Swapping crisis for compromise, the House narrowly approved $1.1 trillion in government-wide spending last night after President Obama and Republicans joined forces to override Democratic complaints that the bill would also ease bank regulations imposed after the economy's near-collapse in 2008. The 219-206 vote cleared the way for a final showdown in the Senate on the bill—the last major measure of a two-year Congress far better known for gridlock than for bipartisan achievement.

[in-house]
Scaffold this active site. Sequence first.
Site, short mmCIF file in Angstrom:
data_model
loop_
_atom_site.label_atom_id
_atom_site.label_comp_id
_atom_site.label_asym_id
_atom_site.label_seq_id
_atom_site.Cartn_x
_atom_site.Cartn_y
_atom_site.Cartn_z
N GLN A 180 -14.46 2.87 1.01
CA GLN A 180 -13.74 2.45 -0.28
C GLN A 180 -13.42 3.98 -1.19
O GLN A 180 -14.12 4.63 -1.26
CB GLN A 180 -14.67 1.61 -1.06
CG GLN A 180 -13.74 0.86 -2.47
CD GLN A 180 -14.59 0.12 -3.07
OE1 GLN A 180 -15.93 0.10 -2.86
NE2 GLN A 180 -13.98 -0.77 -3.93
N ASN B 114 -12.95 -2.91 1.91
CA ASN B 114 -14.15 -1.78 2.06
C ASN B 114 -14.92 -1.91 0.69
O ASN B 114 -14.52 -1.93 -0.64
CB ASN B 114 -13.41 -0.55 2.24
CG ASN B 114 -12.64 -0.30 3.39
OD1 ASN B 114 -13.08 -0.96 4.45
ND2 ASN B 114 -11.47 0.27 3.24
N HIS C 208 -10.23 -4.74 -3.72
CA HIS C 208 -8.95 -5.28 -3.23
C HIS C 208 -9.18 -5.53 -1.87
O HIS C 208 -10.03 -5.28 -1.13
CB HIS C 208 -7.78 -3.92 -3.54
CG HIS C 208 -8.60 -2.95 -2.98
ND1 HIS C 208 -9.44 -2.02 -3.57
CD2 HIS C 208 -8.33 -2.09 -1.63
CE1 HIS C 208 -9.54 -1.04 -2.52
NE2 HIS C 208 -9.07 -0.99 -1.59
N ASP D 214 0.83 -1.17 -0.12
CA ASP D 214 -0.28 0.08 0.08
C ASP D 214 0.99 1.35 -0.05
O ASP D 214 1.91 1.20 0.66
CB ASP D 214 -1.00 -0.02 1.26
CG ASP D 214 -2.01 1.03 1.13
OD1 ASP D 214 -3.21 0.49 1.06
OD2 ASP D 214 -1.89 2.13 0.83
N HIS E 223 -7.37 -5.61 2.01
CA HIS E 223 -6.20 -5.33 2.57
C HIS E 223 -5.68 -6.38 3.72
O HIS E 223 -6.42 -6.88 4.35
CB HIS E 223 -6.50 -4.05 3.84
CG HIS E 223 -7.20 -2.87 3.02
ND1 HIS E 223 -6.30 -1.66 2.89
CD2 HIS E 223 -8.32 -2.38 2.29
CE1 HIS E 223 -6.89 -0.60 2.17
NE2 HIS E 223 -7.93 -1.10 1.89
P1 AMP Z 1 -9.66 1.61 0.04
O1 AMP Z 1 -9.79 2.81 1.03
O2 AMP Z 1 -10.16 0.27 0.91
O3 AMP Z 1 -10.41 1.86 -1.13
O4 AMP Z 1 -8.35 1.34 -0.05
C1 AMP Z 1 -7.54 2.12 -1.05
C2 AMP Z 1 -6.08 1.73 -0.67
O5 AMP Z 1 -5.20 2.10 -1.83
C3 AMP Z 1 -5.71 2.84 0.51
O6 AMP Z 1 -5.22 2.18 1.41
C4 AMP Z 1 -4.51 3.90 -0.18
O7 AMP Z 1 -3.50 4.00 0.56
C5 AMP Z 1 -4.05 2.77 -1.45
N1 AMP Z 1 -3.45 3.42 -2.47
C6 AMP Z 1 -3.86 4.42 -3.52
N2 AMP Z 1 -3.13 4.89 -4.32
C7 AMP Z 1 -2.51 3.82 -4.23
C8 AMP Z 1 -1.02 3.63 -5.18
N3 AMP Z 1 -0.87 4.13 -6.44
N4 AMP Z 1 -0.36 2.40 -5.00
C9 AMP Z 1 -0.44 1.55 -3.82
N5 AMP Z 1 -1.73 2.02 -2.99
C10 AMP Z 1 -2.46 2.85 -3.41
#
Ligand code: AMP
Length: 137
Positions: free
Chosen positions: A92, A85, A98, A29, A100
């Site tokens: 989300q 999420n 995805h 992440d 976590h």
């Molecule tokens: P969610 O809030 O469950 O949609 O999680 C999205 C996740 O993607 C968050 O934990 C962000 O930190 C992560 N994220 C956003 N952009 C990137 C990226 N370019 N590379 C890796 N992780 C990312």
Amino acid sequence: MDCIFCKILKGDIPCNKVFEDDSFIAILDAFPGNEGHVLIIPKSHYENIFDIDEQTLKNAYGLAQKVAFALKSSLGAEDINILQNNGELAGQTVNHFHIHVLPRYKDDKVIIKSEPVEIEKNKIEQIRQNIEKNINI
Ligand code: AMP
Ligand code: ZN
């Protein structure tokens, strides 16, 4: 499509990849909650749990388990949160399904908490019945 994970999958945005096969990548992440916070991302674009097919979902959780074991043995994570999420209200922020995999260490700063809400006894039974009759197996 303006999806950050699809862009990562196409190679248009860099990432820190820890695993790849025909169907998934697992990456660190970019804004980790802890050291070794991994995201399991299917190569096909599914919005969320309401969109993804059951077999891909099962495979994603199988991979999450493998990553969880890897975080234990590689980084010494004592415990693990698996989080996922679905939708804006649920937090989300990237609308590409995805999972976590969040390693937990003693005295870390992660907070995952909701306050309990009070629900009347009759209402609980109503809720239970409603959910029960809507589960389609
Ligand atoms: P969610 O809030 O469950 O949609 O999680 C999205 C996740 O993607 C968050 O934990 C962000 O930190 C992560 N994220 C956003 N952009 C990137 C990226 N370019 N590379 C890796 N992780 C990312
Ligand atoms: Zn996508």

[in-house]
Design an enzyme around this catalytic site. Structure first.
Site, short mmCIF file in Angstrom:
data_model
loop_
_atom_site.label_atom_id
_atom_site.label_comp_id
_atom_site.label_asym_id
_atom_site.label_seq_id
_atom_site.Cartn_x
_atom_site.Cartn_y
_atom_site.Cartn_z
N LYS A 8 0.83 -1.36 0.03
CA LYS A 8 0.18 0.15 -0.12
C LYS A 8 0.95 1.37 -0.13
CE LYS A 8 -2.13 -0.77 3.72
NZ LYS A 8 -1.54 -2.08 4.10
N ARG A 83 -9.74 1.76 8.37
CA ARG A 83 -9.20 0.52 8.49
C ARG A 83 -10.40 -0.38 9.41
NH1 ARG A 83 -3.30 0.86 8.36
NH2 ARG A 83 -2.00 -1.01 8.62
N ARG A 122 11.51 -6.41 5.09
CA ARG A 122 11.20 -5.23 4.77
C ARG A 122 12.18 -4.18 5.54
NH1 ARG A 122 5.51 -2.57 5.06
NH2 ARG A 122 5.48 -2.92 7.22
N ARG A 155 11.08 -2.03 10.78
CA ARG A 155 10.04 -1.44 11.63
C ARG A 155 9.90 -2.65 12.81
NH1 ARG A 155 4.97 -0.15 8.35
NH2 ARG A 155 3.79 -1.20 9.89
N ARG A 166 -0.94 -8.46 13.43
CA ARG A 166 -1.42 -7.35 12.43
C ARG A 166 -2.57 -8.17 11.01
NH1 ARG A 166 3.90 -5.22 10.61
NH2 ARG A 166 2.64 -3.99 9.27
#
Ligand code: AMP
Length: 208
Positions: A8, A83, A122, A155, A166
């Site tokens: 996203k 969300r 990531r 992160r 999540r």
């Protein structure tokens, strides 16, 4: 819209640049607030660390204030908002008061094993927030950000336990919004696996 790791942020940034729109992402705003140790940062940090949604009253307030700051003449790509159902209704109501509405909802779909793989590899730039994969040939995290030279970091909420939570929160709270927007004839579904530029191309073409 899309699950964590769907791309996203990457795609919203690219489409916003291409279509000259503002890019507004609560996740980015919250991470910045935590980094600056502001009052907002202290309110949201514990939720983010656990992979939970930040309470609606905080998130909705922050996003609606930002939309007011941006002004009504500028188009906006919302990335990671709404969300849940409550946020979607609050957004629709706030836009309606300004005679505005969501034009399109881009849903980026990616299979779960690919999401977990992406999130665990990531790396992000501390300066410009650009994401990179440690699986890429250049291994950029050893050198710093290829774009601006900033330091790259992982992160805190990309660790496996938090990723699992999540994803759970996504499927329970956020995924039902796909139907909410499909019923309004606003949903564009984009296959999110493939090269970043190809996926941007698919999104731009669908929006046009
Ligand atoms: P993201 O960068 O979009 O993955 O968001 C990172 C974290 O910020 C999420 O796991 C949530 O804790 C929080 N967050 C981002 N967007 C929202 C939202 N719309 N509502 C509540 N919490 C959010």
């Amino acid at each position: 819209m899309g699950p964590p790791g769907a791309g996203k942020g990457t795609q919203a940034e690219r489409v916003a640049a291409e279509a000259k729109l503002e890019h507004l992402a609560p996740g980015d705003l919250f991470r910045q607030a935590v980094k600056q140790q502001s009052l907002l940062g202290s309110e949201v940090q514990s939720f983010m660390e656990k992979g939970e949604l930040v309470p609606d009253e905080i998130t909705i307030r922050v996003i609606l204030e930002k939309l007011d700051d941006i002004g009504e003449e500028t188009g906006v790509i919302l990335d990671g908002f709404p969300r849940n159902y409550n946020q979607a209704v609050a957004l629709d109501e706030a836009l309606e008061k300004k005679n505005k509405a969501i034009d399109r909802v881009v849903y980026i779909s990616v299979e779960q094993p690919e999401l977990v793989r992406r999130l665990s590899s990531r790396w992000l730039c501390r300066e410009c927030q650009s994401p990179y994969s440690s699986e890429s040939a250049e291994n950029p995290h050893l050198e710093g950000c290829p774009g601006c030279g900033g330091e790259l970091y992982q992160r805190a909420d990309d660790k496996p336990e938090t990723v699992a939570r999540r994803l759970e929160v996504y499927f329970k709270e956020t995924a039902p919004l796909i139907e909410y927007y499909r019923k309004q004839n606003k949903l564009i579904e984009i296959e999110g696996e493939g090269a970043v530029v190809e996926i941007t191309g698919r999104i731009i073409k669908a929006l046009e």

Hours before the vote, House Democratic leader Nancy Pelosi delivered a rare public rebuke to Obama, saying she was "enormously disappointed" he had decided to embrace legislation that she described as an attempt at blackmail by Republicans. Despite the drama, 57 Democrats supported the bill—and the outbreak of Democratic bickering left Republicans in the unusual position of bystanders rather than participants with the federal government due to run out of funds at midnight. Even so, there was no threat of a shutdown in federal services—and no sign of the brinkmanship that marked other, similar episodes. Instead, the House passed a measure providing a 48-hour extension in existing funding to give the Senate time to act on the larger bill. (Read more government spending stories.)